Prime Minister Theresa May has pledged a change in her party’s approach on tuition fees in England, appealing to younger voters saying fees will freeze at £9,250.
Speaking at the Conservative party conference, the PM said fee repayment thresholds will also rise, so graduates will start paying back loans once they earn £25,000, up from £21,000.
Mrs May said the whole student finance system would be reviewed, looking at long-term issues, such as a return to maintenance grants and varying tuition fees for courses, but did not rule out a move to a graduate tax.
“We are pledging to help students with an immediate freeze in maximum fee levels and by increasing the amount graduates can earn before they start paying their fees back,” May said as the Conservative party conference opened.
The planned £250 increase in tuition fees for 2018-19 to £9,500 will not go ahead and fees will instead remain at the current maximum of £9,250 per year.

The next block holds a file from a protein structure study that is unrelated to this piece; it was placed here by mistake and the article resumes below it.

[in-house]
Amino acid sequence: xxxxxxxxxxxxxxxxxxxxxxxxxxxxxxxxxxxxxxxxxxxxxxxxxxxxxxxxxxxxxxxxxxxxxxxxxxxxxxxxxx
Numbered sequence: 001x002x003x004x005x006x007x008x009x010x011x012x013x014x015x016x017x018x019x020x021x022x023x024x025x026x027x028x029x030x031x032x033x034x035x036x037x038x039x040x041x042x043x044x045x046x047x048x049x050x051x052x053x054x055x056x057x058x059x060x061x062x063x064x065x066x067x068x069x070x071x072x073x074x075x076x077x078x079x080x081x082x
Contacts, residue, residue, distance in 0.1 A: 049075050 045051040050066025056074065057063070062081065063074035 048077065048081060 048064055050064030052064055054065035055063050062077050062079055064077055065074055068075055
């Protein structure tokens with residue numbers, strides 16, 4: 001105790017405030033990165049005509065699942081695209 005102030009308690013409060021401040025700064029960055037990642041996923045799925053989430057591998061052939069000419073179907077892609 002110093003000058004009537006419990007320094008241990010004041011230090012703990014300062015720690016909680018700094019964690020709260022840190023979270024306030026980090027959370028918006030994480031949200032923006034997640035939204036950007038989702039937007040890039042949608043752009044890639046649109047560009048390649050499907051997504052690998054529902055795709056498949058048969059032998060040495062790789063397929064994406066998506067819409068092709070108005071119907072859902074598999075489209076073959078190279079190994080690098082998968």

The moves come amid pressure on the leader following a snap election in which young voters overwhelmingly voted in favour of Labour and Jeremy Corbyn.
Students across the country have been faced with mountains of debt in recent years, with average debts on graduation rising close to £50,000 for those who began studying in 2012.
Michael Heseltine doubted the effectiveness of the appeal to youth, however, arguing that Labour would always “outbid” the Tories on promises to younger voters, after Jeremy Corbyn pledged to scrap tuition fees altogether.
In response to the announcement, Labour MP for Plymouth, Sutton and Devonport, Luke Pollard tweeted, “So your choice is annual tuition fees of £9,250 with the Conservatives or annual tuition fees of £0 with Labour.”
Labour’s shadow education secretary, Angela Rayner, called the move, “a desperate attempt by the Tories to kick the issue into the long grass”, adding that “they have no plans for young people and no ideas for our country”.